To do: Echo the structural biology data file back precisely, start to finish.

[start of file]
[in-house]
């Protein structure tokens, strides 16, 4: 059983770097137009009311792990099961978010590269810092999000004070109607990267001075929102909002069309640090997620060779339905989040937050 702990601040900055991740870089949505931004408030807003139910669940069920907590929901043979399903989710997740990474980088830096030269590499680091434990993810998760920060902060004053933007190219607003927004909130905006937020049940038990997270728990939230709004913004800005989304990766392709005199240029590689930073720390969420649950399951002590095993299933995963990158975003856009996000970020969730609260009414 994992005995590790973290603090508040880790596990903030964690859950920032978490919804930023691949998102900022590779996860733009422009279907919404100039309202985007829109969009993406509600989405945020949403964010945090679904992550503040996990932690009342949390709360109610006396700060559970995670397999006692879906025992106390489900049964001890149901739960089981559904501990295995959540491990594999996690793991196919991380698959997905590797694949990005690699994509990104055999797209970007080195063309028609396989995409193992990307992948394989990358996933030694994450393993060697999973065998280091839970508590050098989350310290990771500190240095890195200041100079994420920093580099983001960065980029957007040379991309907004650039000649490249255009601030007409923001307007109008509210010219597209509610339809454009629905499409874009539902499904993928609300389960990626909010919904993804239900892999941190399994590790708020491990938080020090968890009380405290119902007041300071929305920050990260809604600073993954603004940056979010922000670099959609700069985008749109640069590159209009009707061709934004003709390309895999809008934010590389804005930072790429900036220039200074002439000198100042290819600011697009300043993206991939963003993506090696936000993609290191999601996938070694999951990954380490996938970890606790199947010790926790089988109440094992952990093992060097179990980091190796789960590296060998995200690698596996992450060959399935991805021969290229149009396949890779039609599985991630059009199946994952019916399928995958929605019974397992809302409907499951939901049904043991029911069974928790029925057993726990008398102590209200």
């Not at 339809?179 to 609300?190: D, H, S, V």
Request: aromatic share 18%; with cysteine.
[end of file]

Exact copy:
[in-house]
């Protein structure tokens, strides 16, 4: 059983770097137009009311792990099961978010590269810092999000004070109607990267001075929102909002069309640090997620060779339905989040937050 702990601040900055991740870089949505931004408030807003139910669940069920907590929901043979399903989710997740990474980088830096030269590499680091434990993810998760920060902060004053933007190219607003927004909130905006937020049940038990997270728990939230709004913004800005989304990766392709005199240029590689930073720390969420649950399951002590095993299933995963990158975003856009996000970020969730609260009414 994992005995590790973290603090508040880790596990903030964690859950920032978490919804930023691949998102900022590779996860733009422009279907919404100039309202985007829109969009993406509600989405945020949403964010945090679904992550503040996990932690009342949390709360109610006396700060559970995670397999006692879906025992106390489900049964001890149901739960089981559904501990295995959540491990594999996690793991196919991380698959997905590797694949990005690699994509990104055999797209970007080195063309028609396989995409193992990307992948394989990358996933030694994450393993060697999973065998280091839970508590050098989350310290990771500190240095890195200041100079994420920093580099983001960065980029957007040379991309907004650039000649490249255009601030007409923001307007109008509210010219597209509610339809454009629905499409874009539902499904993928609300389960990626909010919904993804239900892999941190399994590790708020491990938080020090968890009380405290119902007041300071929305920050990260809604600073993954603004940056979010922000670099959609700069985008749109640069590159209009009707061709934004003709390309895999809008934010590389804005930072790429900036220039200074002439000198100042290819600011697009300043993206991939963003993506090696936000993609290191999601996938070694999951990954380490996938970890606790199947010790926790089988109440094992952990093992060097179990980091190796789960590296060998995200690698596996992450060959399935991805021969290229149009396949890779039609599985991630059009199946994952019916399928995958929605019974397992809302409907499951939901049904043991029911069974928790029925057993726990008398102590209200």
């Not at 339809?179 to 609300?190: D, H, S, V």
Request: aromatic share 18%; with cysteine.